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Ghosts

This isn’t particularly Christmasy, but hey, the weather’s more Halloweeny anyway…

One of the most frightening incidents of my childhood occurred on a trip to a nursing home. I was about 11 years old at the time.  Our Sunday School maintained regular ties with the home, and on this occasion we were all being trotted over there to show the residents our Halloween costumes.

That year I had chosen to cut two holes in a sheet and be a ghost. This reason for this odd, defiantly unfashionable costume was that I had a deep affection for Peanuts, not to mention a compulsive anachrophilia. My peers informed me at great length that it sucked, but I took that as a badge of pride.

When we arrived at the home, we were separated into groups of four or five and escorted from room to room by nursing aides. I could barely see out my eyes holes, and nodded into the vague direction of the old folks. After a few minutes, we were hustled out to another room. I stumbled along at the end of the line, trying to catch up. Looking around for my group, I saw an tiny, hunched old woman sitting in a wheelchair in the middle of the corridor, alone.

And she saw me. And screamed.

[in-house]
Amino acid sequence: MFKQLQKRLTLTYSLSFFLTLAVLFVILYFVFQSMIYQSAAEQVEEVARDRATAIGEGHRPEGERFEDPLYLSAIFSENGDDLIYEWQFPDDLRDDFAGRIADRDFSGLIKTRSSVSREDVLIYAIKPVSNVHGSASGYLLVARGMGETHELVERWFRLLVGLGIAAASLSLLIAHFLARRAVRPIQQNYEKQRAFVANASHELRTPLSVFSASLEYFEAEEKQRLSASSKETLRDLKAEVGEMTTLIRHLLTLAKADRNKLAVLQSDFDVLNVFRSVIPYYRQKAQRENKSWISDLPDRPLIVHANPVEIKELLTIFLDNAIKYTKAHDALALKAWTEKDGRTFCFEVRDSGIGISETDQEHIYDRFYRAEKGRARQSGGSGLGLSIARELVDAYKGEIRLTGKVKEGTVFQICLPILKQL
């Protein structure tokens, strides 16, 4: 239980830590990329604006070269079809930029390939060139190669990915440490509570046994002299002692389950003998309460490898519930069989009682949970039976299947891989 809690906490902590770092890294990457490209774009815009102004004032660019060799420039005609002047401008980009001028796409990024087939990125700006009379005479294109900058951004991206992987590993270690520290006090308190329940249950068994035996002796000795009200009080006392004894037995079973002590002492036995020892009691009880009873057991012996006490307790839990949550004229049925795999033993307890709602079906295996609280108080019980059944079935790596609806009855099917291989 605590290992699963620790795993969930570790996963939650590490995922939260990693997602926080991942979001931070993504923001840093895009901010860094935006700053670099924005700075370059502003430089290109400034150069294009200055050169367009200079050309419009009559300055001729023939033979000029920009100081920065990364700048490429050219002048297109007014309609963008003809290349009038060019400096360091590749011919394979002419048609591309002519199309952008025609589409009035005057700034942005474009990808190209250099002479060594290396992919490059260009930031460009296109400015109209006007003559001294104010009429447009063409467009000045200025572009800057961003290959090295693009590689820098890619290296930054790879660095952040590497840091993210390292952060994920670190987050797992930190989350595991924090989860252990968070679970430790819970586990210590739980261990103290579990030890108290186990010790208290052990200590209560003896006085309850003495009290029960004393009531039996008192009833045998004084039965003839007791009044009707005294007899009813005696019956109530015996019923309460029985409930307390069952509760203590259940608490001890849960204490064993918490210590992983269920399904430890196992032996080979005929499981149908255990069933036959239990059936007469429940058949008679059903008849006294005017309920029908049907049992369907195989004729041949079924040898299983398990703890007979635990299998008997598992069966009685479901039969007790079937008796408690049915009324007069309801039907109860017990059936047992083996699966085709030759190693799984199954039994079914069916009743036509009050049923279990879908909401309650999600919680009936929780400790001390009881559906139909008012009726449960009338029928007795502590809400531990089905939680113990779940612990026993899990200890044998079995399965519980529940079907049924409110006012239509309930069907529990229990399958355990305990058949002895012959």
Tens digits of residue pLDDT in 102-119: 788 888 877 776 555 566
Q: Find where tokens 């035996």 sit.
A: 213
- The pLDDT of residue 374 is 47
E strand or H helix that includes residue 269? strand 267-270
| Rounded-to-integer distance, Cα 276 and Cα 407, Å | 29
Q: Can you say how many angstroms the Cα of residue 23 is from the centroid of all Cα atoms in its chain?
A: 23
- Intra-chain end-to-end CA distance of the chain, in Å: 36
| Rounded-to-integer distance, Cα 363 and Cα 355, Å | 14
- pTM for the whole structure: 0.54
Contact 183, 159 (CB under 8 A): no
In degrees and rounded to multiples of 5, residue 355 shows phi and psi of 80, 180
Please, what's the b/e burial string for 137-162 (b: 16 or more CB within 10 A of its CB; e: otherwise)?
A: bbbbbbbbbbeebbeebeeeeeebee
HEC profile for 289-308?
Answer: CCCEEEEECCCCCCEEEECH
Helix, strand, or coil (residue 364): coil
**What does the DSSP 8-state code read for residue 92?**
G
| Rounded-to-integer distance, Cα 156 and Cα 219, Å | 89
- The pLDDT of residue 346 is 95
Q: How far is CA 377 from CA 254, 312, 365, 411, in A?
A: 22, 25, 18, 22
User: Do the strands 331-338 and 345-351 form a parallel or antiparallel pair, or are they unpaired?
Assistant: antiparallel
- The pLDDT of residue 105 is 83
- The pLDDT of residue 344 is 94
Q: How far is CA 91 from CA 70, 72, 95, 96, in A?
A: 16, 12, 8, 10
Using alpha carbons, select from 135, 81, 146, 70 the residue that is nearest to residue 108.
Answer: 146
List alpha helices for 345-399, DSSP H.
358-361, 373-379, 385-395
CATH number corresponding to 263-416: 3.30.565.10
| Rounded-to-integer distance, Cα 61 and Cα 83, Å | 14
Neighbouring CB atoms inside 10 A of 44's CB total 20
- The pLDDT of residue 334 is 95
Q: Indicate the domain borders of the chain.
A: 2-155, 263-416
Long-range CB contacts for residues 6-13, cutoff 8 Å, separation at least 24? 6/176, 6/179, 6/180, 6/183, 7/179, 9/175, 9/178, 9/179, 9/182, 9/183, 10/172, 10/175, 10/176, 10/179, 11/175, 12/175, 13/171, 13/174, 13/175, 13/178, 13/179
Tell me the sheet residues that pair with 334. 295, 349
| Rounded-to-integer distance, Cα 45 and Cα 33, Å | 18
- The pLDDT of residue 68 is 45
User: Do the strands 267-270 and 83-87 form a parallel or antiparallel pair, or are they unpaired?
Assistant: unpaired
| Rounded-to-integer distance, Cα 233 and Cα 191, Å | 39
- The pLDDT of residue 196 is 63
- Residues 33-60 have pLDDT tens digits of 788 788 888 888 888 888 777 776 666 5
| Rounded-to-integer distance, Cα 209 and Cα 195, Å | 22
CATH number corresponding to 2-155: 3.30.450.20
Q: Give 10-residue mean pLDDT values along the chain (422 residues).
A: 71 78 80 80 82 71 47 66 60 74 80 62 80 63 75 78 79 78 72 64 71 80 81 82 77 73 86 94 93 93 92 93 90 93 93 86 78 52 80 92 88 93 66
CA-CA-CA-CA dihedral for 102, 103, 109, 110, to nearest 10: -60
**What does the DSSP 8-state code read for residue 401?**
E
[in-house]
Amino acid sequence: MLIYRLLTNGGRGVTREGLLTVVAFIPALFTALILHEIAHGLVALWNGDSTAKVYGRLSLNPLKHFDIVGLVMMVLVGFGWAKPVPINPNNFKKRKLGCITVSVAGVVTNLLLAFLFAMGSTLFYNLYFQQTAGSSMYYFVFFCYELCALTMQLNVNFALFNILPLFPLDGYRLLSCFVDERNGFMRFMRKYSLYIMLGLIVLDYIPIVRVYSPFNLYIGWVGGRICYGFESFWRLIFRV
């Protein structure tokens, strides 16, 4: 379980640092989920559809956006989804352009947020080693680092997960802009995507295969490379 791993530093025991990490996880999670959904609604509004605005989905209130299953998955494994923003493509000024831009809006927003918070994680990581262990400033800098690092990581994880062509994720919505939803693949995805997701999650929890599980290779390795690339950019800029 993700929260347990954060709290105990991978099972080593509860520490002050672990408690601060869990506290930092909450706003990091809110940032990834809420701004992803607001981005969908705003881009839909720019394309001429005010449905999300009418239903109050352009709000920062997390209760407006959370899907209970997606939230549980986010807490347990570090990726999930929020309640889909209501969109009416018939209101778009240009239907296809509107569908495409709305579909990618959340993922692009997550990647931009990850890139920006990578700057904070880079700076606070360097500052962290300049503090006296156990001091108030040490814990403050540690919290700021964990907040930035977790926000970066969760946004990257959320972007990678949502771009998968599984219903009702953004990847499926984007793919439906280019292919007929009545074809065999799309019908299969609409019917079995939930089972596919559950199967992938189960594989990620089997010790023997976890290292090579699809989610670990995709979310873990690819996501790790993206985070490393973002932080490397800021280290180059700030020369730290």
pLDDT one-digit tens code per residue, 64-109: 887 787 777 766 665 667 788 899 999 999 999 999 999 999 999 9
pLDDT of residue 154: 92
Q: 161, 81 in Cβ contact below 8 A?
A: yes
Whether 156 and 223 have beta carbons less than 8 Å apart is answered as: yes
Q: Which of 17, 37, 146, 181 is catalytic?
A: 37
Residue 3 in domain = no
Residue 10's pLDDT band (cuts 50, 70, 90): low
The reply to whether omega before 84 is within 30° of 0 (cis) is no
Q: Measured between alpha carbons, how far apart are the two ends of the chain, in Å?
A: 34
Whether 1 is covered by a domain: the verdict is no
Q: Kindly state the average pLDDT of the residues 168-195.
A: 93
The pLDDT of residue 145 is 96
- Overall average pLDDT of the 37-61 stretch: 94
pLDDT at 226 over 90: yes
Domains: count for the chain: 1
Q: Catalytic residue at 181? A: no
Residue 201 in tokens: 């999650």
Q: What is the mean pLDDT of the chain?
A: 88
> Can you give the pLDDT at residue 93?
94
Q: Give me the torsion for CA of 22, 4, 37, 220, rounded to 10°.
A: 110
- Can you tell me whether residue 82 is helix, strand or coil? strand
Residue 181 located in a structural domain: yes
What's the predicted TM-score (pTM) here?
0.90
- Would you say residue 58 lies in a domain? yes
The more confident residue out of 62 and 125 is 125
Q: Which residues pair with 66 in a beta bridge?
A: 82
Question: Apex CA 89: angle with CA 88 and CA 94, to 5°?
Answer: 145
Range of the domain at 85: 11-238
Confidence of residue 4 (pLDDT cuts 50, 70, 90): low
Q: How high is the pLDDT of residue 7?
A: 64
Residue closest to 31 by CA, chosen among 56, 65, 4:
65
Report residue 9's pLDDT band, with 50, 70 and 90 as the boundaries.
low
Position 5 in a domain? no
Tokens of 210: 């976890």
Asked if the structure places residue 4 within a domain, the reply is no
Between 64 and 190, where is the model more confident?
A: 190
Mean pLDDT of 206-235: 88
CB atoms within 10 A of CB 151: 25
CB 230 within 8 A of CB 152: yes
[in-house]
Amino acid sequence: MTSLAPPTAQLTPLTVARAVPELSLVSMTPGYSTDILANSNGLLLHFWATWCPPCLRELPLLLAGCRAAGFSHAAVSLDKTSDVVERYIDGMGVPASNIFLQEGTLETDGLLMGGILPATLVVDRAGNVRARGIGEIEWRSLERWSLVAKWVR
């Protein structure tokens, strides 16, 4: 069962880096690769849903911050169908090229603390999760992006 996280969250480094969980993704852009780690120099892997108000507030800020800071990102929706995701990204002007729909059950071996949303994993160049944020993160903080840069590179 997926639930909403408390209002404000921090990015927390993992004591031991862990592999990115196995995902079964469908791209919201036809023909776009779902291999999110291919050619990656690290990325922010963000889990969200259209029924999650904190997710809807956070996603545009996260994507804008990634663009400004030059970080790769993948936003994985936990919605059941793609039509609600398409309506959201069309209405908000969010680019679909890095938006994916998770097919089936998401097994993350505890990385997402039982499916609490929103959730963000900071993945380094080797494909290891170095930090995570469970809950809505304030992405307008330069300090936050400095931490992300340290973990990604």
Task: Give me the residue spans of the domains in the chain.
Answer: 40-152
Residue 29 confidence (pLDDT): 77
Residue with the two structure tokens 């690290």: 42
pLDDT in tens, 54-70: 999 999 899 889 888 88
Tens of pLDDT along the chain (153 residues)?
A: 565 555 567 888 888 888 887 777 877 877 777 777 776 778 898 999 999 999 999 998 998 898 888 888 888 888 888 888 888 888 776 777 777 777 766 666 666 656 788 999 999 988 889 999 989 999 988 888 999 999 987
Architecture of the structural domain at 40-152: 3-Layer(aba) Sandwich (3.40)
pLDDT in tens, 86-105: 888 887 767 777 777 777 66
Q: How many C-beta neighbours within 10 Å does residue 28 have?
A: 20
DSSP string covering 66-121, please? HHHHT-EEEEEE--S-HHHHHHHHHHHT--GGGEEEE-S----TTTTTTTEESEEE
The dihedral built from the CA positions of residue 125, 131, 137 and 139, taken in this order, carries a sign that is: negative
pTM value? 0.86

I froze. She was quite obviously screaming at me, because of me. A moment later, I found myself propelled down the corridor towards her by a nursing aide, who was simultaneously removing my sheet. “See, it’s not real!” the aide said, but the old woman was having none of it. “Don’t take me, don’t take me!” she yelled. Terrified, I could say nothing.

Looking back, I try to find a cause for my terror. Was it because I thought she might attack me? Nonsense, this was a feeble old woman. Was it because I was afraid I had done something wrong and might get in trouble? No, not this time.

It was because She thought I was Death. She thought I was literally the Grim Reaper. You could tell from her shouts and the way she tried to hide, huddling in her wheelchair. She thought I was there to carry off her beyond the Great Wall.

And I could see why. In a moment of vivid empathy, I could imagine myself an elderly woman, trapped in my dotage, alone and forgotten in a nursing home corridor and seeing this doom coming at me. A ghost, coming to make her a ghost, an idle metaphor suddenly horribly real.

For her I was Death.

It was scary, being Death.

 

 

 

 

 

 

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